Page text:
Martin Kaymer is set for a rousing reception this week as he makes his first appearance since claiming the US Open title at this week's BMW International Open in his home country of Germany.
The 29-year-old double major champion romped to an eight-shot victory in the season's second major at Pinehurst No.2. nearly a fortnight ago, and now he will tee it up at Golf Club Gut Larchenhof hoping to make it two wins on the spin.
Kaymer, who also won the 2010 US PGA at Whistling Straits as well as last month's lucrative Players Championship title, has been submerged in media duties since that record-breaking victory in America two weeks ago and is now simply looking forward to playing golf again.
"I've done a lot of talking, a lot of interviews in the last 10 days, so I am looking forward to playing golf again," he told the official website of the European Tour.
"Obviously it's very normal if you've done something special, if you've won a major. People want to talk to you, and it's completely fine.
"Now I can handle it a lot better. In 2010 and the Ryder Cup, it was a little more difficult because I didn't really know what to expect. Now it's fine."
The Dusseldorf-born professional golfer spent three days in New York to reflect on his US Open feat - something he admitted sunk in a lot quicker than when he made his major breakthrough four years ago.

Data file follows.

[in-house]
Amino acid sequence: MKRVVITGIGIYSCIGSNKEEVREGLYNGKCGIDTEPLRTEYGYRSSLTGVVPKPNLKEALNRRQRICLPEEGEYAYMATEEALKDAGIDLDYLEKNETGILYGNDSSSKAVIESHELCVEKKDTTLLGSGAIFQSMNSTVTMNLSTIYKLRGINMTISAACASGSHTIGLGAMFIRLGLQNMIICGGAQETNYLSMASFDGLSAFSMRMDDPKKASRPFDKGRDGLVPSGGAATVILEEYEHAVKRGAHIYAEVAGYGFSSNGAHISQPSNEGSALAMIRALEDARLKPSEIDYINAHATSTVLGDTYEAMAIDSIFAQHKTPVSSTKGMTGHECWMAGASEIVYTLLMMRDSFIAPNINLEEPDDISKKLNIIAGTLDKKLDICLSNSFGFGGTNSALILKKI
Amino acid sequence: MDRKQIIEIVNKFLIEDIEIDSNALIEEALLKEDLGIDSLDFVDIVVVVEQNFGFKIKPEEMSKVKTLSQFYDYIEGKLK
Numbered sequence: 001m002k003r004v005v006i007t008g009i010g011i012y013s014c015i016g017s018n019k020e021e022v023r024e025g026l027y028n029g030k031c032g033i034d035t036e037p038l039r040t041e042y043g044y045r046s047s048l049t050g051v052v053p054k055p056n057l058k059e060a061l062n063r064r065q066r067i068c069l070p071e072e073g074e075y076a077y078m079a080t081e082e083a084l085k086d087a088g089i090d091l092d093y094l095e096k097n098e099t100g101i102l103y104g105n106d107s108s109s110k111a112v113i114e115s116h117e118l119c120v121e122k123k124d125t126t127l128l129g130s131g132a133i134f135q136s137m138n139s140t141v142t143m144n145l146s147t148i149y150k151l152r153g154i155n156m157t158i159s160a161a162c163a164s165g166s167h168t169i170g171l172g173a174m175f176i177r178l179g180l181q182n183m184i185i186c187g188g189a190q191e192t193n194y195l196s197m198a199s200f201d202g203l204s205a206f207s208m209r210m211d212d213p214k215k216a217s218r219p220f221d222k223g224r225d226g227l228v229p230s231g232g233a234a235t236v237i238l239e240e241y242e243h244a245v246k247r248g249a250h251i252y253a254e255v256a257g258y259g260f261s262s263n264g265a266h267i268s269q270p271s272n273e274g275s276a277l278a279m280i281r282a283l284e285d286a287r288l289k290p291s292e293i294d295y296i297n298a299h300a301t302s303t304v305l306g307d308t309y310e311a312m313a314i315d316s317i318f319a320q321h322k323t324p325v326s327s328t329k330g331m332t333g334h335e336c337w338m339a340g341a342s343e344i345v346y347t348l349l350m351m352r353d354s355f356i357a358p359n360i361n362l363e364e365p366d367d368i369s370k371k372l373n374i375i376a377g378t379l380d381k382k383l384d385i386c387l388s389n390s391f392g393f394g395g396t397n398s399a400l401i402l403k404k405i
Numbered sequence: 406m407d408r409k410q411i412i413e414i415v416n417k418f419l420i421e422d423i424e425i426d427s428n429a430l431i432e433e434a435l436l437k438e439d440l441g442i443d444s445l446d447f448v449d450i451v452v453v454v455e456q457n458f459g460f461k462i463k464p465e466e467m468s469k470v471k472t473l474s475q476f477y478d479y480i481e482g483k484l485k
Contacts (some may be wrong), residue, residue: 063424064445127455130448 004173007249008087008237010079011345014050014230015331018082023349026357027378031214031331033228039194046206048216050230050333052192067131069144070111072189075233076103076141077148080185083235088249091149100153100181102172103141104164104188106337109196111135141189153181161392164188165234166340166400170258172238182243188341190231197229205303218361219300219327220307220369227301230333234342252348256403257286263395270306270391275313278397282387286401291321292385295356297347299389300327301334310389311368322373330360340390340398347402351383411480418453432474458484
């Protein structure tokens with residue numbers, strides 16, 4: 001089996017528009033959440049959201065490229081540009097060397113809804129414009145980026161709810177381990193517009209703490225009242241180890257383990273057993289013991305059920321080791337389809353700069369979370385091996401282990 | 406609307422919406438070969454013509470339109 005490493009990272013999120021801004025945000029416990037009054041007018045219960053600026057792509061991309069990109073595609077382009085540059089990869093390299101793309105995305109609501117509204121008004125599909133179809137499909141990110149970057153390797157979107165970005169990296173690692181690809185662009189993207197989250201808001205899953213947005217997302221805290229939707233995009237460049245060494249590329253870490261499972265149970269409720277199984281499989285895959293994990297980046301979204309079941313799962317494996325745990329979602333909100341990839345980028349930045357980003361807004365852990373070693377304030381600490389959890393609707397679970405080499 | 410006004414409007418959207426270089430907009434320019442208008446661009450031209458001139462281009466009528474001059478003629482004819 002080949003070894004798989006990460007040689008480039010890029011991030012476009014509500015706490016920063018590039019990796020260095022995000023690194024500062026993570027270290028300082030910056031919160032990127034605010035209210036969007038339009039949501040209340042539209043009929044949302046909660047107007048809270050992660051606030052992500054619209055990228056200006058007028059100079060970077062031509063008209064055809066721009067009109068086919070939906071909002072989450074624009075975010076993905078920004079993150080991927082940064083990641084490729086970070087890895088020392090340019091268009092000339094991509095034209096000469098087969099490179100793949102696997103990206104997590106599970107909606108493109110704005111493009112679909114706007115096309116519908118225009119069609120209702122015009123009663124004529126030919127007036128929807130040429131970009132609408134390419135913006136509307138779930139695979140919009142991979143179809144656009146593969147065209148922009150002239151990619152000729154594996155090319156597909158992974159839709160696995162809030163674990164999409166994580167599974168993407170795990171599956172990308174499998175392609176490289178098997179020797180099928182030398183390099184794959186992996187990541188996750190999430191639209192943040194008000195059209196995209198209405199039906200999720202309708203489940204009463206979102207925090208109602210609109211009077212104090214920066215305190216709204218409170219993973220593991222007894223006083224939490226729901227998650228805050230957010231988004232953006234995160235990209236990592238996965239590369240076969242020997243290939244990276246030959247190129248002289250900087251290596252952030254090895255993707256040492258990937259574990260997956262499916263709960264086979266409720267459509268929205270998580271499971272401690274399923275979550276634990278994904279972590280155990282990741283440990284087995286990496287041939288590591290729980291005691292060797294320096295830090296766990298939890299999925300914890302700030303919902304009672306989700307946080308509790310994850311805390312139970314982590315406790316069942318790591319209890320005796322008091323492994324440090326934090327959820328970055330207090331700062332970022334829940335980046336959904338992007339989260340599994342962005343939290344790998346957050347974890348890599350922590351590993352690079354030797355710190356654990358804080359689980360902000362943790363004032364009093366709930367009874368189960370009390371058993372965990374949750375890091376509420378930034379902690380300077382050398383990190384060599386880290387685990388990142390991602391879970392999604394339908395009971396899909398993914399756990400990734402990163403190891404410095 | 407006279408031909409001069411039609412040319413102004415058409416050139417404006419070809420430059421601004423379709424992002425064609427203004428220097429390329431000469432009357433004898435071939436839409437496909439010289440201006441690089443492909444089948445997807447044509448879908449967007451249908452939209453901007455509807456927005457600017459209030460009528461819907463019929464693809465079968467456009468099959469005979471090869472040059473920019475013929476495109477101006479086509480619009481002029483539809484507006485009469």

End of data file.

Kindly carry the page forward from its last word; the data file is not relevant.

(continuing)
"It was very nice, the two or three days after the US Open. I went to New York for three days, and I could reflect very quick, which was very surprising for me.
"It was very satisfying and makes you proud. In the past, it took me a little bit, even after the US PGA Championship. But that win was a little bit different, so it was really nice to reflect right away and to understand what really happened."
Despite his age, Kaymer has completed a remarkable amount in his relatively short career and will unquestionably go down as an all-time great of the sport if he continues to play at the level has throughout 2014.
However, the German refuses to get ahead of himself and having missed the cut at this event two years ago, he believes expectations on him this week should be low.
He added: "Two years ago, I didn't even qualify for the weekend, so it's a tough week and the expectations, I think, should be low."
With the next major, the Open, following so soon after the last - it begins July 17 - Kaymer will want to make the most of this week, with a third major title well within his grasp at Hoylake next month.
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